While appearing to be similar, this question is asking about two different things. It’s asking a lot to have anyone sum up these concepts from a psychological perspective in about 400 words. But, my guess is, most writers, like me, enjoy a challenge, so let’s give it a go. First, I’d like to distinguish the subjects at hand. When one speaks of free will vs. determinism, one is almost certainly bringing some sort of deity, or outside force into the picture. When one is a fatalist (or a determinist), (s)he believes that everything is set and there is nothing man can do to change it. We’re merely following a script as set forth by some force (God, perhaps?). Those who believe in free will would tell you that we all choose our own paths and, as our choices dictate, we eventually end up where we belong. I believe the overwhelming majority of persons with religion actually fall somewhere in the middle. Yes, they’ll say, God has a plan, but, yes, man also has free will In fact, God gave man a free will, which eventually led to man’s downfall. So, while man is given free will, he’s best served by following God’s chosen path.
Then we have the classic nature vs. nurture problem. This is similar to free will vs. determinism, but either side can be argued from a scientific/rational standpoint, rather than a religious one. Essentially if a person says we are merely a product of nature, (s)he is saying that who we become is a result of our genetic background. While sounding somewhat like a determinist, the person who believes strictly in nature has science on his/her side. Some things can’t be argued about nature. One’s genetics plays a much larger role in one’s physical health than merely choices made, for instance. I don’t know many people who believe strictly in the nature side of the nature/nurture argument. I do know a few people who believe whole-heartedly in the nurture side. These are people who believe that we are all a product of things we observe and learn. To a nurturist, all behavior is learned. A nurturist would be more like a person who believes in free will. In fact, most people who fall on the nurture side of the arguement do believe heavily in free will.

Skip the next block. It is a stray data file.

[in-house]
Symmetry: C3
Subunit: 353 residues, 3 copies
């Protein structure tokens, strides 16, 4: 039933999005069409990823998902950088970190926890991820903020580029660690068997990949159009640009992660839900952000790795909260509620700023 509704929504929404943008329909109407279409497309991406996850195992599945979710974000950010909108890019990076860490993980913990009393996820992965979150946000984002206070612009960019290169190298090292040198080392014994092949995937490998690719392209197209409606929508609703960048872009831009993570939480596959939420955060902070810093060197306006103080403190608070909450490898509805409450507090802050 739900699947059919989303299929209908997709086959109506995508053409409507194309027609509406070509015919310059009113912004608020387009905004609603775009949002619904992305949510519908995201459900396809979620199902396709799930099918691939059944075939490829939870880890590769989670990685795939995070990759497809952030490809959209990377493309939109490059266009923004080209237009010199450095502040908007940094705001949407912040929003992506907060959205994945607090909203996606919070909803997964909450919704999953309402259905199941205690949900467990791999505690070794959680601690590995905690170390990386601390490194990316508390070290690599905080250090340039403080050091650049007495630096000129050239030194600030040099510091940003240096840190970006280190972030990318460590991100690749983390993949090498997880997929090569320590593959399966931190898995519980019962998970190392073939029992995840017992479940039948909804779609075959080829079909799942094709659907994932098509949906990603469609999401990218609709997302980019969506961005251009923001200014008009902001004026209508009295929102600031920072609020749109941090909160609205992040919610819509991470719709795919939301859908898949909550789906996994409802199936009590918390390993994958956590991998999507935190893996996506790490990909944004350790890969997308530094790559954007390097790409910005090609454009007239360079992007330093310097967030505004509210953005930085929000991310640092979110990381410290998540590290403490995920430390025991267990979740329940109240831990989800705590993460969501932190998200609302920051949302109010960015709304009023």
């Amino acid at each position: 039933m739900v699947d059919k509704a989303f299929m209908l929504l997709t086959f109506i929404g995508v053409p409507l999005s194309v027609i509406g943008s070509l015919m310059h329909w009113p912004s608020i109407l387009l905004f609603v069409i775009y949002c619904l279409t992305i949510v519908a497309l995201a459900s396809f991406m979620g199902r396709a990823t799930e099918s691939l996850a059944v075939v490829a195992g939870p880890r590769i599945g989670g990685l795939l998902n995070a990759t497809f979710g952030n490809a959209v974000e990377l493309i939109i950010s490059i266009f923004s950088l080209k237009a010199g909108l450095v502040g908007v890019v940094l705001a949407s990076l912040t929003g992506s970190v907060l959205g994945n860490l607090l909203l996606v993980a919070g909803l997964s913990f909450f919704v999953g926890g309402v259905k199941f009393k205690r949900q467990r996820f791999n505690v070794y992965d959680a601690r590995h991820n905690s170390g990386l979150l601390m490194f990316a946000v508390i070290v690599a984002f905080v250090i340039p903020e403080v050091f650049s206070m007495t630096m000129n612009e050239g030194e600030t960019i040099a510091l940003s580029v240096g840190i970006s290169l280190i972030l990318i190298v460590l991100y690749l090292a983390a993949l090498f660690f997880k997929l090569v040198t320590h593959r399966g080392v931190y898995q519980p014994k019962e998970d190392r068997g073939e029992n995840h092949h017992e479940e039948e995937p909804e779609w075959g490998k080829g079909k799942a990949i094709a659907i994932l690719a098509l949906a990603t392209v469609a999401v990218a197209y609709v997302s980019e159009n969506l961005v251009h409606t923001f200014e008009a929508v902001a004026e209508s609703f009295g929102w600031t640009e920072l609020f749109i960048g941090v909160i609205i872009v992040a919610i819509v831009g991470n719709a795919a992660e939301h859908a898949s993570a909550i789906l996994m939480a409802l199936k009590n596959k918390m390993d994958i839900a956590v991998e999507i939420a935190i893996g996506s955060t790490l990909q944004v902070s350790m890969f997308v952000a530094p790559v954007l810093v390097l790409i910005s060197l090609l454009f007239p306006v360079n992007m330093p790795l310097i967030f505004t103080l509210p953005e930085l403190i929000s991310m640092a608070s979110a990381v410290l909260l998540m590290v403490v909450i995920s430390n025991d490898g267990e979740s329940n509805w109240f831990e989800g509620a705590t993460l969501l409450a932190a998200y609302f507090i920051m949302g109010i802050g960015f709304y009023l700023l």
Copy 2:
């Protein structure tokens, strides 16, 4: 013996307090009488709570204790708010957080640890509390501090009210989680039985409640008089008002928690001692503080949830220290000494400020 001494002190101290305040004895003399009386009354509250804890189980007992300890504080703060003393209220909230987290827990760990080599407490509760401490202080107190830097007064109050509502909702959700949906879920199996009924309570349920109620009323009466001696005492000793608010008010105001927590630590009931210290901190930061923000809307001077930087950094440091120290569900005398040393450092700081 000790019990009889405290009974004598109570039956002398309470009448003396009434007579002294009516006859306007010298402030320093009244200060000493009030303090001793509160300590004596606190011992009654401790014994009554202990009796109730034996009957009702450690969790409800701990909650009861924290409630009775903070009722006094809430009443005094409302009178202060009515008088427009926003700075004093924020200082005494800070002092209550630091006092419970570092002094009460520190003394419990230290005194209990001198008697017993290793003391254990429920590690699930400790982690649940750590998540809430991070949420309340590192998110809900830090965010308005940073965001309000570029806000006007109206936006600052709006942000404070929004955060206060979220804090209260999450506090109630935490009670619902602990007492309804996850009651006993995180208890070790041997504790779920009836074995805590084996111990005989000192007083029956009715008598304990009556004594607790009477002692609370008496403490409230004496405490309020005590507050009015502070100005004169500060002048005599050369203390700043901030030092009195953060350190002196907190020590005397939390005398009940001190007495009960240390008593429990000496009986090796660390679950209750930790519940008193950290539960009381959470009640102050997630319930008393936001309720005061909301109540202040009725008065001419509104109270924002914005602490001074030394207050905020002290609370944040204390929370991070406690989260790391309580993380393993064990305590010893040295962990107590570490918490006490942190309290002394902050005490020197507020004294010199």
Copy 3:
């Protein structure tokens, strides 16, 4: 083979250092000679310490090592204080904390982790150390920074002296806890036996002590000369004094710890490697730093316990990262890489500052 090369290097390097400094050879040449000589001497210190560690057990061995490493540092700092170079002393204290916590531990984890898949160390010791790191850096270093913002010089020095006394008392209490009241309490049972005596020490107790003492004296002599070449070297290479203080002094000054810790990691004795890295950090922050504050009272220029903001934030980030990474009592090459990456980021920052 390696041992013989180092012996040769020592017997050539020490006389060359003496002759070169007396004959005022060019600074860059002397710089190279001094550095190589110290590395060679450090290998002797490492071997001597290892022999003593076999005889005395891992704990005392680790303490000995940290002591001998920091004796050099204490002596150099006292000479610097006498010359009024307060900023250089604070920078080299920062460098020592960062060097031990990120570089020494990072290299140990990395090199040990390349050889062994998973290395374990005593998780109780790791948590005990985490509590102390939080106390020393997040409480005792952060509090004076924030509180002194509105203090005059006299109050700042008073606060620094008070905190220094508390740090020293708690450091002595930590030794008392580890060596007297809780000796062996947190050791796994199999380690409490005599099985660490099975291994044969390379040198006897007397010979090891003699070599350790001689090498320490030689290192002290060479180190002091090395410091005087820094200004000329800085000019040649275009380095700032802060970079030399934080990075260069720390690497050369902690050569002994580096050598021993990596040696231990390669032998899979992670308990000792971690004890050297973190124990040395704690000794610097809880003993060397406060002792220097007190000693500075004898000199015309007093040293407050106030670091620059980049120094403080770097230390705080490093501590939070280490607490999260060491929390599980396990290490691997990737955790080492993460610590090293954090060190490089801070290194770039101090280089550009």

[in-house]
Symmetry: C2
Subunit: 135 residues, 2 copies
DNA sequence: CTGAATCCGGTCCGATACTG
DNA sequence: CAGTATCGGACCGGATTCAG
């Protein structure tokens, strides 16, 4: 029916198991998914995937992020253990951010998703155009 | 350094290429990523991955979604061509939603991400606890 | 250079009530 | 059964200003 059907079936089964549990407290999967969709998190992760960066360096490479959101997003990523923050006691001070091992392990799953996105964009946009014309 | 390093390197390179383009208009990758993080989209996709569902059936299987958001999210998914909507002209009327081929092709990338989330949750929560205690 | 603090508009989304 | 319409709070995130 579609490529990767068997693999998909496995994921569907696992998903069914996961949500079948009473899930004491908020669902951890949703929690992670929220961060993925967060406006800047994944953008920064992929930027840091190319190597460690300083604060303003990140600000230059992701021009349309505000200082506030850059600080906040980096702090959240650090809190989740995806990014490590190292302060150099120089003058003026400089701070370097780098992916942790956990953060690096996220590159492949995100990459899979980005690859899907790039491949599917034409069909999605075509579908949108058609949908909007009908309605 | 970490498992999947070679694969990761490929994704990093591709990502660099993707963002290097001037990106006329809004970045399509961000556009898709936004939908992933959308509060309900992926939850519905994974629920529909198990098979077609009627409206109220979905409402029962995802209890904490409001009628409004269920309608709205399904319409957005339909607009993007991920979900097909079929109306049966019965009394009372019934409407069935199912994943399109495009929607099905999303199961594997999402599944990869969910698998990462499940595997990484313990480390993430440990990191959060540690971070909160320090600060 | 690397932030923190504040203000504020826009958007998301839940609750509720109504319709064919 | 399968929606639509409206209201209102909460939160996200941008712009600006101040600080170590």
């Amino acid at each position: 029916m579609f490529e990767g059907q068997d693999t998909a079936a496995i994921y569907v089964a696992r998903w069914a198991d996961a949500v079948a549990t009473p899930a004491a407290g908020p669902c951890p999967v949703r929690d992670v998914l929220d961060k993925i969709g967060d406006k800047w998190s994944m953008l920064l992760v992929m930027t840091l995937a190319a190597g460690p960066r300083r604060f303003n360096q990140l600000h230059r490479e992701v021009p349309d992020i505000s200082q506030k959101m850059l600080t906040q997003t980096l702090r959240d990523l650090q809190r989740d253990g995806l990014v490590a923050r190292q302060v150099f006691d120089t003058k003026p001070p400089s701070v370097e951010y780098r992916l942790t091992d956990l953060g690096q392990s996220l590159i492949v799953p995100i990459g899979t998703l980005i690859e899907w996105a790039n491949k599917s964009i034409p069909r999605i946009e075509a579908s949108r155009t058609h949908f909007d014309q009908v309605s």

So, what are the psychological perspectives of these two similar, yet noticeably different concepts. First, let’s remember what psychology is and what it isn’t. Psychology is not the study of “the mind.” Psychology is the study of behavior. Why do people do what they do? Largely, the free will/determinism argument would not come into play, when dealing with persons well-versed in psychology. If it did, most would scoff at true determinism, saying that free will is what separates man from lower species. When you get into the nature/nurture argument, however, psychologists can argue this one to death.
There are a few psychologists (very few, I should think) who would agree that all behavior is pre-programmed in us, via genetics. There are more, though not many more, who would tell you that all behavior is learned. I think most people who’ve studied the human condition and behaviors within would say behavior is some sort of combination of nature and nurture. Yes, because of our genetic makeup, we almost certainly have a predisposition for certain behaviors. This does not mean, however, that we are predetermined to engage in these behaviors. We are still also a product of our surroundings and things learned. Unlike the free will/determinist argument, the nature/nurture problem can often have persons with differing views meeting on a sort of agreeable middle ground.
In discussing psychological perspectvies on free will vs. determinism and nature vs. nurture, one must have clearly defined parameters. While free will/determinism apologists may use religion to support their views, those who argue nature/nurture are much more likely to argue using science as a tool. While interesting stuff to argue in the abstract, these kinds of arguments never truly reach a conclusion, because the concepts are so nebulus.